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3
Review of Existing Knowledge for Blast-Effects Mitigation and Protective Design Technologies

Introduction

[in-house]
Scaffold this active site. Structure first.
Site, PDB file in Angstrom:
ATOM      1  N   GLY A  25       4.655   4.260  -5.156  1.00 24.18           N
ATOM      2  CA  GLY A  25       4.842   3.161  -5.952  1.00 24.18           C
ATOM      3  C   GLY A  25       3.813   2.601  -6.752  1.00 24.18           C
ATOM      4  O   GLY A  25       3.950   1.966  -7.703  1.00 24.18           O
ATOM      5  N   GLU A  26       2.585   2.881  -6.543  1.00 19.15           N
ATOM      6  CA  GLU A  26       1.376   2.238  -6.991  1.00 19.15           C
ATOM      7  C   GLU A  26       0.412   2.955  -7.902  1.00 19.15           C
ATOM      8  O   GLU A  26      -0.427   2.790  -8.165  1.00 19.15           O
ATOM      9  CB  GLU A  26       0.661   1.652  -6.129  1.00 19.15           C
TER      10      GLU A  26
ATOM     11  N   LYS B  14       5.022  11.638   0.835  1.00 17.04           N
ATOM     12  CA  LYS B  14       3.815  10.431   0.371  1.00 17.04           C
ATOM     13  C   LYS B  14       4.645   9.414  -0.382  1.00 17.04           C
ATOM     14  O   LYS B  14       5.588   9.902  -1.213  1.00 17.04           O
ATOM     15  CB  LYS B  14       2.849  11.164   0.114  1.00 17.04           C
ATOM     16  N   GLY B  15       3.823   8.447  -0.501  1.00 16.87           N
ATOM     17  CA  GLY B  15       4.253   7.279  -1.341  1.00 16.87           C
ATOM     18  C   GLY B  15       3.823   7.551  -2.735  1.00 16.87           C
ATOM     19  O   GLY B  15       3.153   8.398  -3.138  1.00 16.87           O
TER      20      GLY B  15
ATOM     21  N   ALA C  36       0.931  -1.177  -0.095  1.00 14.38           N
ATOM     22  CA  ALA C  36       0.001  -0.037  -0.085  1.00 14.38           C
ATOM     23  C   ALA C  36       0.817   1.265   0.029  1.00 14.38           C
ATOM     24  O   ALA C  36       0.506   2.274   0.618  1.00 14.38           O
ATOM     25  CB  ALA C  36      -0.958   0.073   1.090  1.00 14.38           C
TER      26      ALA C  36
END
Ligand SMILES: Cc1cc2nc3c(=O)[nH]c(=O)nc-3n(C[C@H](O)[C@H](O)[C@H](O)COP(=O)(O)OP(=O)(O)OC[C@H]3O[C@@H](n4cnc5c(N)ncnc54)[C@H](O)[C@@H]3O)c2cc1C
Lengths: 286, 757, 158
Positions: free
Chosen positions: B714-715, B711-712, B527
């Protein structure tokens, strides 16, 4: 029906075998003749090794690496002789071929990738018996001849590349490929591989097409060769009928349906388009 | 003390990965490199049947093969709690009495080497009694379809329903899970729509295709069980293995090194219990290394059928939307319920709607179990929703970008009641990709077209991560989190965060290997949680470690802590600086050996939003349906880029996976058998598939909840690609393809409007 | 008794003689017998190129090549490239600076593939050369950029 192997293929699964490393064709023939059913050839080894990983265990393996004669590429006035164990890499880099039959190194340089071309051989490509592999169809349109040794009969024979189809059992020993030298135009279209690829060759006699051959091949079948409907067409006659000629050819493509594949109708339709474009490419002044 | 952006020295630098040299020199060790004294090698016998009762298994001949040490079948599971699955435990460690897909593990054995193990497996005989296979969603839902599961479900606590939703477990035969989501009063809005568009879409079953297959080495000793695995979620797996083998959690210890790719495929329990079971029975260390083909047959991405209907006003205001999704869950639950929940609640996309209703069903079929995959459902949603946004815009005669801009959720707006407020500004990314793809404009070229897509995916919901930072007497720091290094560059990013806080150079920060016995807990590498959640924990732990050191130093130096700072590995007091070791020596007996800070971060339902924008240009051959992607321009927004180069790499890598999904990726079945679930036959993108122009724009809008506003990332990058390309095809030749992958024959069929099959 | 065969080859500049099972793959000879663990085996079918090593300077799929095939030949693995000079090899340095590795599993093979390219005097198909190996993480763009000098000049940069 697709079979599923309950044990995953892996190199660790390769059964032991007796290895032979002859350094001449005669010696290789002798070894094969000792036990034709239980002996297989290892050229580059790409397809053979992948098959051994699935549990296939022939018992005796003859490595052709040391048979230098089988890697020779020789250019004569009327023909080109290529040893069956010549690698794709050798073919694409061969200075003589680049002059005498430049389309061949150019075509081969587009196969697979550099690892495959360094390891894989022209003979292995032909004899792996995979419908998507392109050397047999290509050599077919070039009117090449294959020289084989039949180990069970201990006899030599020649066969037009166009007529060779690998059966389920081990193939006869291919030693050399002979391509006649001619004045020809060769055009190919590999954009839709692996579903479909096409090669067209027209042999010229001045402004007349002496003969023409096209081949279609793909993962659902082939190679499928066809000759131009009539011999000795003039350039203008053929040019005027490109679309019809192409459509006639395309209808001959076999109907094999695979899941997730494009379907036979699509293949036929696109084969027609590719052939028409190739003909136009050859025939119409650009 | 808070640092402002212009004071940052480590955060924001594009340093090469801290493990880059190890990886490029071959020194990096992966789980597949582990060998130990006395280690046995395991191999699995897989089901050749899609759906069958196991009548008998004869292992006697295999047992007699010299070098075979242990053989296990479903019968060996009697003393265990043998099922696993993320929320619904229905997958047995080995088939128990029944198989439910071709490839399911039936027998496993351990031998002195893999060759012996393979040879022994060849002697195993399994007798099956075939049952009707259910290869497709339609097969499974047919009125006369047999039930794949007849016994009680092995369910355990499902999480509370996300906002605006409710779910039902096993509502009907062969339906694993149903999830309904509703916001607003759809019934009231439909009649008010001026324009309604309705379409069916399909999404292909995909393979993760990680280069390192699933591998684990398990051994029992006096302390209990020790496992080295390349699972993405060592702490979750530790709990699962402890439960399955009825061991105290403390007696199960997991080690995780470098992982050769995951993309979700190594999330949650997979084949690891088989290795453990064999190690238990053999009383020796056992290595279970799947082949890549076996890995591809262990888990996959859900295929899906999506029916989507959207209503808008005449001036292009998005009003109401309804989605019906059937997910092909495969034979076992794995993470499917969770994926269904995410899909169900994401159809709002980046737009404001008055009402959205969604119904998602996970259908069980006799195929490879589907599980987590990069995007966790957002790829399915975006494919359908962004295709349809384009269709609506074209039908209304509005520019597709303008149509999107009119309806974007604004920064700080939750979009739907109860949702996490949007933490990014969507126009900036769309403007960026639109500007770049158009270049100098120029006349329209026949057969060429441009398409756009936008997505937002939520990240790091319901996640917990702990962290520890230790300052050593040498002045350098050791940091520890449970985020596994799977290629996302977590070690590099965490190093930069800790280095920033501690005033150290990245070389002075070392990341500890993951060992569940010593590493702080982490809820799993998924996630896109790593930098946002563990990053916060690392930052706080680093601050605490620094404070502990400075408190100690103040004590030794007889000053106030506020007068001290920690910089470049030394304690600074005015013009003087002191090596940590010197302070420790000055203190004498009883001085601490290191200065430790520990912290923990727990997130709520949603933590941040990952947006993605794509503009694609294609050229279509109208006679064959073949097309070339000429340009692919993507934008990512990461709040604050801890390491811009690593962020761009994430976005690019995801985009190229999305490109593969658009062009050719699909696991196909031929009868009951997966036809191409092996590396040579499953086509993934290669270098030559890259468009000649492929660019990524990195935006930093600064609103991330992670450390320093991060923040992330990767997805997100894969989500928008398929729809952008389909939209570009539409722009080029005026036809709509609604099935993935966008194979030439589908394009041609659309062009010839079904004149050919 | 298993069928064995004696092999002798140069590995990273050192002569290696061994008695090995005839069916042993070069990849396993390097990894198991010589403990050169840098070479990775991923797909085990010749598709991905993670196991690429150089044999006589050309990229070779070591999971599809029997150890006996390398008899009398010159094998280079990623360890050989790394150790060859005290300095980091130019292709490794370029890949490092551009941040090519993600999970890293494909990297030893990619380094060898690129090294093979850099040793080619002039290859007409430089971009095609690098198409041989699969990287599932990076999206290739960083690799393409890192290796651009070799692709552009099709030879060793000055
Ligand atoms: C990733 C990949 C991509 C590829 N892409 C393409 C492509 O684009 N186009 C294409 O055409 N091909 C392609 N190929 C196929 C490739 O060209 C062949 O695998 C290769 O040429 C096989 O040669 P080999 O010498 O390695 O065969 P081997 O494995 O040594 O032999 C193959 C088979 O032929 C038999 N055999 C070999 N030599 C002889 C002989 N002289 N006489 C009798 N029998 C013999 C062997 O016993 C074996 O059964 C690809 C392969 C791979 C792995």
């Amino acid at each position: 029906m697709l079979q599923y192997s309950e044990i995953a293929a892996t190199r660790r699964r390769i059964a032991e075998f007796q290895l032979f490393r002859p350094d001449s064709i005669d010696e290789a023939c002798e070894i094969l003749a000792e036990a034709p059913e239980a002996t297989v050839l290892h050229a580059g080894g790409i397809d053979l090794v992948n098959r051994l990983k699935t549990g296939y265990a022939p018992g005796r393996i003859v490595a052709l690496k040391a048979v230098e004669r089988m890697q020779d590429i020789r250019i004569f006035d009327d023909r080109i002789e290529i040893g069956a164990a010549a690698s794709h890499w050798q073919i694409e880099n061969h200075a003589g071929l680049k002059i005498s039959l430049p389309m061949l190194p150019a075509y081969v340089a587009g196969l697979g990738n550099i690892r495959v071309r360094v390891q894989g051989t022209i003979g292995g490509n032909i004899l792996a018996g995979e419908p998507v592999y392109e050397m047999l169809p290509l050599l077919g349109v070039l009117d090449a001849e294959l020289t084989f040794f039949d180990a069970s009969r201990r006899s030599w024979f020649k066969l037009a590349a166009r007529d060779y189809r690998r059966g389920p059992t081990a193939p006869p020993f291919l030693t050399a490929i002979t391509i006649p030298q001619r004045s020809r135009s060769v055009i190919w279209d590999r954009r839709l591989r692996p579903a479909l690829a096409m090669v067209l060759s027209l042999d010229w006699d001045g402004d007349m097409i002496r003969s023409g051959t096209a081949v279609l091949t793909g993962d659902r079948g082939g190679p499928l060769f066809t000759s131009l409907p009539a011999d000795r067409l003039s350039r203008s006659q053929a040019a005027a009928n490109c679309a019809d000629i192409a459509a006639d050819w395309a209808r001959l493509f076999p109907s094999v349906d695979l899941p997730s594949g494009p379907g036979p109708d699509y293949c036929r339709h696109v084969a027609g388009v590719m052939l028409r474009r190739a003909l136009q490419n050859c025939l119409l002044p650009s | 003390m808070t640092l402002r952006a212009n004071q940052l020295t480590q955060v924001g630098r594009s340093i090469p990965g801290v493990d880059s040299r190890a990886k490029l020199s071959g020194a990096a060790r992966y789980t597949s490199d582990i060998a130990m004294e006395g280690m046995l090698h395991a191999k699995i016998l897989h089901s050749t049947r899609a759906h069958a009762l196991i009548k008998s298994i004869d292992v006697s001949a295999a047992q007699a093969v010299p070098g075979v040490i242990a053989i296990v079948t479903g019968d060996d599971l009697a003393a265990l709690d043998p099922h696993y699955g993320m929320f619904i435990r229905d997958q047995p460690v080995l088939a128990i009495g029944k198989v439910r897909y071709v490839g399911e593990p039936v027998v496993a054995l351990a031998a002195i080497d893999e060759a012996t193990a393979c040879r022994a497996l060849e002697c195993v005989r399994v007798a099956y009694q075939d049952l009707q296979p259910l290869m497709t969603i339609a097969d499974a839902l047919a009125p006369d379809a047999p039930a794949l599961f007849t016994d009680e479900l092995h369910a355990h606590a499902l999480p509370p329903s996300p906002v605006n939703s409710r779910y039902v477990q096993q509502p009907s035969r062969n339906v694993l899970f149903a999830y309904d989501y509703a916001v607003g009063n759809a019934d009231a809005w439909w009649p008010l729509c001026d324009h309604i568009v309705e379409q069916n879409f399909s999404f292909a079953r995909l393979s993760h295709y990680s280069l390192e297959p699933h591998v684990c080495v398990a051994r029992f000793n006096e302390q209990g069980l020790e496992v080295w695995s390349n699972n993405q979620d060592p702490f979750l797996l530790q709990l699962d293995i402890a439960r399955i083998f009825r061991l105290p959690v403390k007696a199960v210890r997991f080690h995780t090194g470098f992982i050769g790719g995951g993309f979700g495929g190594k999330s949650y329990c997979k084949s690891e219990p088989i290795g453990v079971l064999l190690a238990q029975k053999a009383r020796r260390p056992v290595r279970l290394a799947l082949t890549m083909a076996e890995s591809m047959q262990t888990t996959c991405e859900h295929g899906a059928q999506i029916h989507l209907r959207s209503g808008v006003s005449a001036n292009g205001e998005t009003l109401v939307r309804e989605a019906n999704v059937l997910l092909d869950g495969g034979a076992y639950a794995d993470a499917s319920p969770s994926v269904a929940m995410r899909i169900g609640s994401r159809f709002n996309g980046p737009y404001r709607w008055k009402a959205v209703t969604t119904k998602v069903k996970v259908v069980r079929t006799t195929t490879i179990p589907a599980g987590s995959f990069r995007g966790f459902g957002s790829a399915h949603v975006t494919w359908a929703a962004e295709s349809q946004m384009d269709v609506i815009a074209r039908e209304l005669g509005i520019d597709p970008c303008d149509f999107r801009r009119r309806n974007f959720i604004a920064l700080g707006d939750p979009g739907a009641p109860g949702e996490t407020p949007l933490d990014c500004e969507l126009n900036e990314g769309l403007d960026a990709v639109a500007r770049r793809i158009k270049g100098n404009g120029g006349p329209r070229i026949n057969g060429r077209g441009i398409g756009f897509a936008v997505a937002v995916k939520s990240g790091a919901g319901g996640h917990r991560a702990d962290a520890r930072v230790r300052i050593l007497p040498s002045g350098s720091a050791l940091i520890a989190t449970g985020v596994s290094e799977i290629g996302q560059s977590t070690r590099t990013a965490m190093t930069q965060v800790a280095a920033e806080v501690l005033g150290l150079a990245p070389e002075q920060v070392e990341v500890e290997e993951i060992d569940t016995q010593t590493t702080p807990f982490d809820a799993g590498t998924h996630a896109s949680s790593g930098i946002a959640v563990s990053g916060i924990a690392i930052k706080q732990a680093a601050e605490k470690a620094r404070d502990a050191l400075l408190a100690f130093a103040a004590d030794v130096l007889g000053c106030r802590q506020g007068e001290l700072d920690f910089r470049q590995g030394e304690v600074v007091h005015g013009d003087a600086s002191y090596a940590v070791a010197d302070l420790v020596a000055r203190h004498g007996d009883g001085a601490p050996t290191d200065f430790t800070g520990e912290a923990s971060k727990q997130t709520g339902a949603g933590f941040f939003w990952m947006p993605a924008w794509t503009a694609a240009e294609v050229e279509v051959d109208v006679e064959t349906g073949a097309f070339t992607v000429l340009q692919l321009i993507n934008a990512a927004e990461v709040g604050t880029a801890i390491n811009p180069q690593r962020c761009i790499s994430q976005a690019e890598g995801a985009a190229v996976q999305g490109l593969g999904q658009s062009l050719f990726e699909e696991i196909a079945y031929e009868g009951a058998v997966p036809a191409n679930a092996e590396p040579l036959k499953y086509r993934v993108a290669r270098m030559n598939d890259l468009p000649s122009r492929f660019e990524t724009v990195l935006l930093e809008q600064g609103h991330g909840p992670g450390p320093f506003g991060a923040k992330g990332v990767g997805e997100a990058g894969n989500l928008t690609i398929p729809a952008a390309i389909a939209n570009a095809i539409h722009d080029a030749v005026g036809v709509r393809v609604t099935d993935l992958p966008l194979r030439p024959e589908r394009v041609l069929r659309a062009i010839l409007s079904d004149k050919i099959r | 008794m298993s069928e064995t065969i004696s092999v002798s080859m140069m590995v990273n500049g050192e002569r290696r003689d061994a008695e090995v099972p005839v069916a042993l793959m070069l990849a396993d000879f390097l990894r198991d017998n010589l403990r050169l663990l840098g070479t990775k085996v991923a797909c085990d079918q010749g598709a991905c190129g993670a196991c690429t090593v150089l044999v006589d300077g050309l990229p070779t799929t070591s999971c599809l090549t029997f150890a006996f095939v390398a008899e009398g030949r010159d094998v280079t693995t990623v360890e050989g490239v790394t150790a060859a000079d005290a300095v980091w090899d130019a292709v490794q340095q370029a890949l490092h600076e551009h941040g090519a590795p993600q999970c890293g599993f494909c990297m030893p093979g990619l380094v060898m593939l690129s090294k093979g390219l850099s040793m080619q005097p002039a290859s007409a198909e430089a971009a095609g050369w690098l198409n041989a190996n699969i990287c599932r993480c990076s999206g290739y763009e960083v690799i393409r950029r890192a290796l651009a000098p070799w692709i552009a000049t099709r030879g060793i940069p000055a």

This chapter contains an assessment of the state of the art in blast-effects mitigation and protective design technologies and highlights blast-hardening capabilities developed by the military that are applicable to the civilian sector. The introductory section outlines the historical development of the existing knowledge base, the nature of explosions, and the induced physical behavior of materials. This is followed by a section on experimental and simple analytical approaches to blast-effects mitigation and structural design. The far-ranging needs of military organizations to protect key assets from enemy attack, together with the large cost and practical limitations of field testing, has led to a strong emphasis on developing analytical methods and advanced computer models for simulation of blast-effects on building structures. The third and fourth sections summarize applicable military design manuals and computational approaches, respectively, to predicting blast loads and the responses of structural systems. Although the majority of military design guidance is based on semi-empirical relationships, much of the existing knowledge of blast environments and the effects of high-intensity, short-duration loadings on the behavior of structures, systems, and components is embodied in sophisticated "first-principle" computer programs as well as in simplified, design oriented and semi-empirical software. Accordingly, the fifth section discusses specific computer programs, followed by a section on code validation which looks at comparisons of computational calculations of the response to an explosion to the actual experimental results. The